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Low/high-pass phase shift

Posted: Thu Jun 09, 2011 2:54 pm
by Timar
The high and low pass filters in Audacity are not linear phase. Is this itentional (e.g. is there any situation where this could be desirable)? I wanted to apply a high pass to a short selection of a track to get rid of some rumbling noise but this introduced really nasty artifacts at the borders of the selection. I figured out that these artifacts came up because the high pass completely messes up the phase - you can even "see" the waveform shift a bit after applying the filter...

Re: Low/high-pass phase shift

Posted: Thu Jun 09, 2011 6:15 pm
by steve
The high-pass/low-pass filters are built into "Nyquist" and are based on biquad filters and respond in a similar way to analogue filters. FFT filters (such as is used in the Equalizer effect) should be able to produce the required filtering without phase shifts. FFT filtering is also available in Nyquist, but it is a lot more complicated than using the biquad filters.

Re: Low/high-pass phase shift

Posted: Thu Jun 09, 2011 7:36 pm
by Timar
OK, I see, thank you. I used the equalizer for that purpose and that did it. But now I miss the analogue warmth.. ;)

Btw. maybe it should be mentioned somewhere in the wiki that those Nyquist filters are not suitable for editing sections of a track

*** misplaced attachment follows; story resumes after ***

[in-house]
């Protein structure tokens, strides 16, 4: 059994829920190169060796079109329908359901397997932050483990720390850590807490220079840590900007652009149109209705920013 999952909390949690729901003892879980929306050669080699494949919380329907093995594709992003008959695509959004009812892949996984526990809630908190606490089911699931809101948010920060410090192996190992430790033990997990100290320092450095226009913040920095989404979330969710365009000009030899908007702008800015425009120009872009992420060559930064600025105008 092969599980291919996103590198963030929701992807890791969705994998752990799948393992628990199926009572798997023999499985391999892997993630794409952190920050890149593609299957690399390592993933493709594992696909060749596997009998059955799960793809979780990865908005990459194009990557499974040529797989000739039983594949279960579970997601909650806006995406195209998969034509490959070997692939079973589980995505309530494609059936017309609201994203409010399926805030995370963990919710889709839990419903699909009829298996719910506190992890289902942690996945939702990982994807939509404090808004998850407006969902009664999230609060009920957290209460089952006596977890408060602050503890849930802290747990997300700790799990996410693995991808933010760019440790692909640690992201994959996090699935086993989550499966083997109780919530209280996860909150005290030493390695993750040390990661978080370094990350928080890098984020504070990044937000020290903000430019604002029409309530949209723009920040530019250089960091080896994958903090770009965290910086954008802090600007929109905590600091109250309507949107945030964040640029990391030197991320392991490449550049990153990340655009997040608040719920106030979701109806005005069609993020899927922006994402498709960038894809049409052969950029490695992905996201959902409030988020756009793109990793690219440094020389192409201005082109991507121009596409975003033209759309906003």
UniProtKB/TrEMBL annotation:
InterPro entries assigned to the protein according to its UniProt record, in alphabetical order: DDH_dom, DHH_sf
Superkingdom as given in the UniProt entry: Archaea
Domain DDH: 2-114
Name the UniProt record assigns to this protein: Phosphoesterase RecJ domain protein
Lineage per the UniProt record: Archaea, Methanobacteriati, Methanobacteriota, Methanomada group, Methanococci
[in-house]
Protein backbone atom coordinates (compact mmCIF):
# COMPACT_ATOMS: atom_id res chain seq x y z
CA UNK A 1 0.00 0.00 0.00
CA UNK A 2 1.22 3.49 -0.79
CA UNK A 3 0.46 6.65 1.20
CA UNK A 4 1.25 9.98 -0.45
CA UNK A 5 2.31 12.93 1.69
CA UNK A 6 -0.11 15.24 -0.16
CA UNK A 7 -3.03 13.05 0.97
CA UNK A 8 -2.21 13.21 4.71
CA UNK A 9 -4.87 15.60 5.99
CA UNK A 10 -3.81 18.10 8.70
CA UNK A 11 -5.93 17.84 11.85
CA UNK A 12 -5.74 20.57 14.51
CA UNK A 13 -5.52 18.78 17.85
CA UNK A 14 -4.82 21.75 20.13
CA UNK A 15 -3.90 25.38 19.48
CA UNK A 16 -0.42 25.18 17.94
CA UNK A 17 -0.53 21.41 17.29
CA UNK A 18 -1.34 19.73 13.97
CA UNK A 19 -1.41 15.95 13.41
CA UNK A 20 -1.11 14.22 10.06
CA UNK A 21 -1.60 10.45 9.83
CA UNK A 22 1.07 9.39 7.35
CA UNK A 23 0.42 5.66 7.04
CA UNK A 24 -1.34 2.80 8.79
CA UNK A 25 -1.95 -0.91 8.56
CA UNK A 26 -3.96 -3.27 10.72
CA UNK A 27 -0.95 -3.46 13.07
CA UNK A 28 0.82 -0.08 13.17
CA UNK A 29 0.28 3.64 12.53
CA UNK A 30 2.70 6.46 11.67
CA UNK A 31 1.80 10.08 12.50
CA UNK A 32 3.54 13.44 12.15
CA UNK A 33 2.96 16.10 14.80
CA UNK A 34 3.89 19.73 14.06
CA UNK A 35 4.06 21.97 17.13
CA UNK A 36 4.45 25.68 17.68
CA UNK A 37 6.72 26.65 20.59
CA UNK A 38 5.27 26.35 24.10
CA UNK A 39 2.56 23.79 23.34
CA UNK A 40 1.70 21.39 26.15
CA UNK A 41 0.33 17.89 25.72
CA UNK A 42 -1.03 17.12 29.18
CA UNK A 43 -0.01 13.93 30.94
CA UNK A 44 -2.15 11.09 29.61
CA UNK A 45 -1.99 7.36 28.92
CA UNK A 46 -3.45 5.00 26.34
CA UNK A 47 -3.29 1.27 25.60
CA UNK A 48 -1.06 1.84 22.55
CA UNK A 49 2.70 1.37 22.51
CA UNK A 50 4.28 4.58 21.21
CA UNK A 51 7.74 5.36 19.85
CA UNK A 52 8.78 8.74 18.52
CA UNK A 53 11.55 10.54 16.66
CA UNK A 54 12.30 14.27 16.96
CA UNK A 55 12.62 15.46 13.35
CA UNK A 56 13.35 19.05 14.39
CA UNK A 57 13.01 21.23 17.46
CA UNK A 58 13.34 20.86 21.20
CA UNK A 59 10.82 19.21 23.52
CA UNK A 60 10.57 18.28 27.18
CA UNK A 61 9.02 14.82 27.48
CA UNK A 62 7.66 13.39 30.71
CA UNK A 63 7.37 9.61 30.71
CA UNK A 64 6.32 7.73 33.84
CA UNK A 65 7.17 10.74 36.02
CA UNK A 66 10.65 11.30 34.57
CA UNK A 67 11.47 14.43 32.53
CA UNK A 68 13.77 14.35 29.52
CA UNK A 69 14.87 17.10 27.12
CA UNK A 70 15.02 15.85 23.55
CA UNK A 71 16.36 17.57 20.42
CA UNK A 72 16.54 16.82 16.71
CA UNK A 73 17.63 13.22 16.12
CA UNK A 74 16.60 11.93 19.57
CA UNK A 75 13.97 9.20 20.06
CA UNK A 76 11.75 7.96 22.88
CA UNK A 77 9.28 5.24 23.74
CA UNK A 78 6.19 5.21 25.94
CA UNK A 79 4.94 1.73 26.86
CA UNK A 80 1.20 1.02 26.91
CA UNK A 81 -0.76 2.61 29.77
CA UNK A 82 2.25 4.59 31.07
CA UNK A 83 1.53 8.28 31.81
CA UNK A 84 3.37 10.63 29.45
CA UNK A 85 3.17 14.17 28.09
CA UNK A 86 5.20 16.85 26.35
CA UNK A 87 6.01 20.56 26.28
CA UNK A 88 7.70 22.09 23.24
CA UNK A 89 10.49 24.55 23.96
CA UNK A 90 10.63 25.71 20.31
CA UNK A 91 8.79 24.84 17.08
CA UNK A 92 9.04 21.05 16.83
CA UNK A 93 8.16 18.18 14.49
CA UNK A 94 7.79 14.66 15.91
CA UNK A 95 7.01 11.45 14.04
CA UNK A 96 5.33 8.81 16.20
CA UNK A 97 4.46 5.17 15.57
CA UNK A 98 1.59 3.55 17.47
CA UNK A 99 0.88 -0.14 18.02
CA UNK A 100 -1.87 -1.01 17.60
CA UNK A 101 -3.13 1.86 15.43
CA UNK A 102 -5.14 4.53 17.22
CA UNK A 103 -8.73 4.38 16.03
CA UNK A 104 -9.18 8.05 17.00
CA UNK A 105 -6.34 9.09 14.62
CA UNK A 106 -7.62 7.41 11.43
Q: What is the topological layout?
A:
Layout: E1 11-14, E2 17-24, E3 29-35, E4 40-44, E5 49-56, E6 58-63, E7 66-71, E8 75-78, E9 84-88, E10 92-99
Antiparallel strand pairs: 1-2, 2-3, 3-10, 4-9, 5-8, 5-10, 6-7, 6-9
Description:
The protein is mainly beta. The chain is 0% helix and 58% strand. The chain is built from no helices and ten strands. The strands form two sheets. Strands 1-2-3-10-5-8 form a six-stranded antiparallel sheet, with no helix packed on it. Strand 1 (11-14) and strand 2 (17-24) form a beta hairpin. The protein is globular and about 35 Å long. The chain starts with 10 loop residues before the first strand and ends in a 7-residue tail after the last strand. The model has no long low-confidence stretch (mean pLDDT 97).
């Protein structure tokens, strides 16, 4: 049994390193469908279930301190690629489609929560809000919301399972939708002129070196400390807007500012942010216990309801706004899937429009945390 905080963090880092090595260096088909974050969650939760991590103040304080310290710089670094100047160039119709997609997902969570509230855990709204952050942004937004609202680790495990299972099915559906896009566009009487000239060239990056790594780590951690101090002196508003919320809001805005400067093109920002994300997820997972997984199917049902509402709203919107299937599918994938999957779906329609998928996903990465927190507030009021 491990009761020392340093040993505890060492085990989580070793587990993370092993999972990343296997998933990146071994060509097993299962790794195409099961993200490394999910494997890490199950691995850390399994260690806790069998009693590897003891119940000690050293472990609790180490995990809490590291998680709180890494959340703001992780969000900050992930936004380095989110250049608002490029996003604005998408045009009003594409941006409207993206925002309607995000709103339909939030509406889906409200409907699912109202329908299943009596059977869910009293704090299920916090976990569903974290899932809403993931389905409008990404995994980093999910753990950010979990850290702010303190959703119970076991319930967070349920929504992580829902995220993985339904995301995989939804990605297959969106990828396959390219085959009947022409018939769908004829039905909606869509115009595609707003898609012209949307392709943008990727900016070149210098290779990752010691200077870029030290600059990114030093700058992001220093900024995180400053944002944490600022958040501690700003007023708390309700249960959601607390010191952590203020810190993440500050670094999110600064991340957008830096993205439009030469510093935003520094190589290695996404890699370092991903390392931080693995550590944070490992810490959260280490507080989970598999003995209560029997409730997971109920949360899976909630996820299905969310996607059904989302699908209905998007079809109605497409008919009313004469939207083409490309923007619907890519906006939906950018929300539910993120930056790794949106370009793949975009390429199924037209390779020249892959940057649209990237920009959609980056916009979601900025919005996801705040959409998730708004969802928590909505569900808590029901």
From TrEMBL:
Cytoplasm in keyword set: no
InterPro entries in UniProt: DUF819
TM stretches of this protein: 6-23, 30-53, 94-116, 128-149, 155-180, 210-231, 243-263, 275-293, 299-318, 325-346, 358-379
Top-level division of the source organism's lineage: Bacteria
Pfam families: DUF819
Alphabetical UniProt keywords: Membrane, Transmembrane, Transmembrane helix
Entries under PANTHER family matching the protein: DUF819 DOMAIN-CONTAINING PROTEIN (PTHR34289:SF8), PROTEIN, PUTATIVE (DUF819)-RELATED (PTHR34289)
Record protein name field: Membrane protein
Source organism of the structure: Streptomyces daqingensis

Re: Low/high-pass phase shift

Posted: Thu Jun 09, 2011 7:48 pm
by steve
Timar wrote:Btw. maybe it should be mentioned somewhere in the wiki that those Nyquist filters are not suitable for editing sections of a track
I can see your point, but it would be rather unusual to apply a high/low pass filter part way through a note or word. If a high/low pass filter is used on just part of a track, it is far more common for the selection to start and end at near silence between notes. More common again is to apply the filter to the entire track. When used in either of these more common ways, the phase shift is unlikely to present a problem.

I think it's probably true to say that 'most' effects are liable to produce clicks if applied part way through a note.